Mask Ocean Pollution

There Are 1.5 Billion Masks In the Oceans Now

COVID-19 is leading to a new kind of pandemic: ocean pollution.

Face masks are keeping people from contracting the worst pandemic in 100 years, but they’re coming at a cost.

According to the Hong Kong-based conservation group OceanAsia, 1.5 billion face masks are now in the world’s oceans. These masks bring potentially devastating impacts on wildlife not seen before.

“The proliferation of masks in the environment reveals weaknesses in our waste management systems and irresponsible practices/habits on the part of individuals,” the report notes. “It also serves to illuminate an issue that has been accumulating for decades – unchecked plastic pollution contaminating our environment. The accumulation of plastic in the environment is not a recent phenomenon, but it is one that is becoming increasingly problematic and
unavoidable – encountering plastic debris on a visit to the beach is almost inescapable.”

The group says the masks account for 6,800 tons of plastic pollution in already plastic-polluted oceans. Mask loops pose entanglement threats to all manner of marine life. Animals are already being found entangled, the report notes. It cites a pufferfish discovered on a Miami beach in August strangled by a mask. A penguin discovered on a Brazilian beach in September had a mask in its stomach.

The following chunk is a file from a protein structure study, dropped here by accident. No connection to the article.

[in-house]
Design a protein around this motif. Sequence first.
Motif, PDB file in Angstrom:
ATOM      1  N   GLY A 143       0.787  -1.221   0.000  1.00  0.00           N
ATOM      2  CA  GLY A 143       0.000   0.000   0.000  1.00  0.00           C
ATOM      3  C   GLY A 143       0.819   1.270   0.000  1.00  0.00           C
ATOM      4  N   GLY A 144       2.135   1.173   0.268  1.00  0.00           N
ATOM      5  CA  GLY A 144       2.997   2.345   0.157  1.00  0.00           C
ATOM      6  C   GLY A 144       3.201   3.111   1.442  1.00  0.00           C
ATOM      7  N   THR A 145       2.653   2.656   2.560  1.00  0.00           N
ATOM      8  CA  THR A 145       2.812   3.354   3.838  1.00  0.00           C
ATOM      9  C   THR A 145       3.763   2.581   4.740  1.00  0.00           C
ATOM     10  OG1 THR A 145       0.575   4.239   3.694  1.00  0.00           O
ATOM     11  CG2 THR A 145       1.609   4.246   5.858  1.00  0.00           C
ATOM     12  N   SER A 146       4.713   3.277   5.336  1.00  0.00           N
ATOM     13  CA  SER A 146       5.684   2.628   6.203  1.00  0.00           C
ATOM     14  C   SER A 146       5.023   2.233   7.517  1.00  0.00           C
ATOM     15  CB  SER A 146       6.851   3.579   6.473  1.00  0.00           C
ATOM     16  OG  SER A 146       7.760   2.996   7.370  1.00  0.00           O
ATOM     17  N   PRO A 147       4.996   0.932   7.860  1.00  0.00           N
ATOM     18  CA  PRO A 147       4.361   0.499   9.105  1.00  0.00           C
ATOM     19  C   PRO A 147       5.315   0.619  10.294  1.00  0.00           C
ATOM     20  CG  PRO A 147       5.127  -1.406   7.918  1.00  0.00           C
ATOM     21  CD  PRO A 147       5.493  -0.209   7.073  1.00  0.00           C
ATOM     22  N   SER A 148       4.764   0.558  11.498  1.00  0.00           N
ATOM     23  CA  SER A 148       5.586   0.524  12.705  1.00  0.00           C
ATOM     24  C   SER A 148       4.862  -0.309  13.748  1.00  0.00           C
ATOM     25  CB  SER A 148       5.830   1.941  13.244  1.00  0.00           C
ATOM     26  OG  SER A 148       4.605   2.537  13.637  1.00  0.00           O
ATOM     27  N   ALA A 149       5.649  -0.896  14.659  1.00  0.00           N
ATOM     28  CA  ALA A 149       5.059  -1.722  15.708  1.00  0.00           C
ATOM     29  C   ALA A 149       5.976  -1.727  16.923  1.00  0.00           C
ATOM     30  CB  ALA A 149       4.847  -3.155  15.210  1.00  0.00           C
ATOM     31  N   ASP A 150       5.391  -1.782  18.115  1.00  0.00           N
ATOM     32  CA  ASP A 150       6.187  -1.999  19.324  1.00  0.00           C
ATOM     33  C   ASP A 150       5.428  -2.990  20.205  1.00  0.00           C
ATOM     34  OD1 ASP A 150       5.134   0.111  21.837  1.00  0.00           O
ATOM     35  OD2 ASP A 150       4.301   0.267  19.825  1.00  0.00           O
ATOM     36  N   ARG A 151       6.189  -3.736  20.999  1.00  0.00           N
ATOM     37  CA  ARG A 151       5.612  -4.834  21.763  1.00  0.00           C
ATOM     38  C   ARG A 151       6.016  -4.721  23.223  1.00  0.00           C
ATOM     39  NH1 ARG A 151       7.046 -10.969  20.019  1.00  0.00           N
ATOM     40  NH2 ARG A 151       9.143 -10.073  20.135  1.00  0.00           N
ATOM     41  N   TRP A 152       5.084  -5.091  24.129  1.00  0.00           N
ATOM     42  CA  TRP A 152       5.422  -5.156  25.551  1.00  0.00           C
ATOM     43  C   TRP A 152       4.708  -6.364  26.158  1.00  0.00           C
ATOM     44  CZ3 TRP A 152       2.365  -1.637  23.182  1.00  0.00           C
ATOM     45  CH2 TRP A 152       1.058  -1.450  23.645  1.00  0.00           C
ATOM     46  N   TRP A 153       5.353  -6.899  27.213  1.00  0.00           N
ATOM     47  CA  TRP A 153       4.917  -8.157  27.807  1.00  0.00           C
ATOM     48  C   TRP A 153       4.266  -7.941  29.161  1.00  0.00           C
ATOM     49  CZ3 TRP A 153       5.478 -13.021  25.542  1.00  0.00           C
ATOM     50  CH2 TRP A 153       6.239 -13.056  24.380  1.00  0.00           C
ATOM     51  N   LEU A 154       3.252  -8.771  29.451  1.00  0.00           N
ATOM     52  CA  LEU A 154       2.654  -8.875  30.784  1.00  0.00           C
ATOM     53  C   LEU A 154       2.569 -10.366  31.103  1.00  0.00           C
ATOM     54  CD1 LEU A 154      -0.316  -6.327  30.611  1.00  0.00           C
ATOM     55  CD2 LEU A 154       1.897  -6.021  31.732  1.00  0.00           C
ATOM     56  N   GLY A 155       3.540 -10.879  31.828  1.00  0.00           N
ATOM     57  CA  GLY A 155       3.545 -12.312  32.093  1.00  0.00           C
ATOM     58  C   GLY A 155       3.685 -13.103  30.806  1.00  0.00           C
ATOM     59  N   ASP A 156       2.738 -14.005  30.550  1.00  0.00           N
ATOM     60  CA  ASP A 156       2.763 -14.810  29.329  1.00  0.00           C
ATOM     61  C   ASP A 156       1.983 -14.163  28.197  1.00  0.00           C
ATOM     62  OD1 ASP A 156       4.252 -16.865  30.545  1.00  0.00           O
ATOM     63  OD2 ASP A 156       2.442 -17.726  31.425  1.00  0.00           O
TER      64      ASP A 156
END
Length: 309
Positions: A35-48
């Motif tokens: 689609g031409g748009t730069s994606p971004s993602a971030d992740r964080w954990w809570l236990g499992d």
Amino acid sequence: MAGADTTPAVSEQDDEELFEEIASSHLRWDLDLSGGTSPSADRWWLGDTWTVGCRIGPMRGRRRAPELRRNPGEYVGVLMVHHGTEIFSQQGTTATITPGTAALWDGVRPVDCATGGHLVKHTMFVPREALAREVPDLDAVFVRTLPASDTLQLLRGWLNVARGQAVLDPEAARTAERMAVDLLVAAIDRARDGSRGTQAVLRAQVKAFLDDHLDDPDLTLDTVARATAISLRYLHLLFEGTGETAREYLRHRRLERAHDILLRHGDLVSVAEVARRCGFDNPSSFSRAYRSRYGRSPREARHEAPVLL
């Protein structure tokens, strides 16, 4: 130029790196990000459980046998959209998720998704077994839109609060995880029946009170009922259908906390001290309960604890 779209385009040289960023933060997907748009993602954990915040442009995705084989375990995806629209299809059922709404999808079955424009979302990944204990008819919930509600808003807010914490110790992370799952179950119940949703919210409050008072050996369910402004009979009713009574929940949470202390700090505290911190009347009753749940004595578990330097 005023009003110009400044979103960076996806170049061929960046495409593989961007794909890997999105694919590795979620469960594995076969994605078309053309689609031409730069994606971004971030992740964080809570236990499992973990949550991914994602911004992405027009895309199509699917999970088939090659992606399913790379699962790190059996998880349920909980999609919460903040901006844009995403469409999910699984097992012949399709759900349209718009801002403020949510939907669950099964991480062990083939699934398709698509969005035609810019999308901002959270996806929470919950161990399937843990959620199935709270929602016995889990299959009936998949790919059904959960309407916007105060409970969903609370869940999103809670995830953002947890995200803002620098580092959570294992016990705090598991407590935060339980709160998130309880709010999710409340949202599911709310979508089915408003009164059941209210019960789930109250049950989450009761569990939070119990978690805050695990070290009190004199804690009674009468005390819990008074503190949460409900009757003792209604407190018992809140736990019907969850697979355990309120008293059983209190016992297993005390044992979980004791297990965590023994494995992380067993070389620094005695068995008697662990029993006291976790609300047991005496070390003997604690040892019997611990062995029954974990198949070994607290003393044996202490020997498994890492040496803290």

Photo by Yaroslav Danylchenko from Pexels

The Trouble With Single Use Masks

“Single-use face masks are made from a variety of meltblown plastics and are difficult to recycle due to both composition and risk of contamination and infection,” the report says.

“These masks enter our oceans when they are littered or otherwise improperly discarded, when waste management systems are inadequate or non-existent, or when these systems become overwhelmed due to increased volumes of waste.”

The report urges people to switch to reusable face masks whenever possible. In most cases, single-use masks cannot be recycled, OceanAsia says.

“The unfortunate reality is that marine plastic pollution poses an existential threat to marine wildlife and to ecosystems,” the report notes. “It is a problem that will not go away on its own. Without considerable effort on our part, oceans will continue to fill with plastic and do so at an accelerating pace.”

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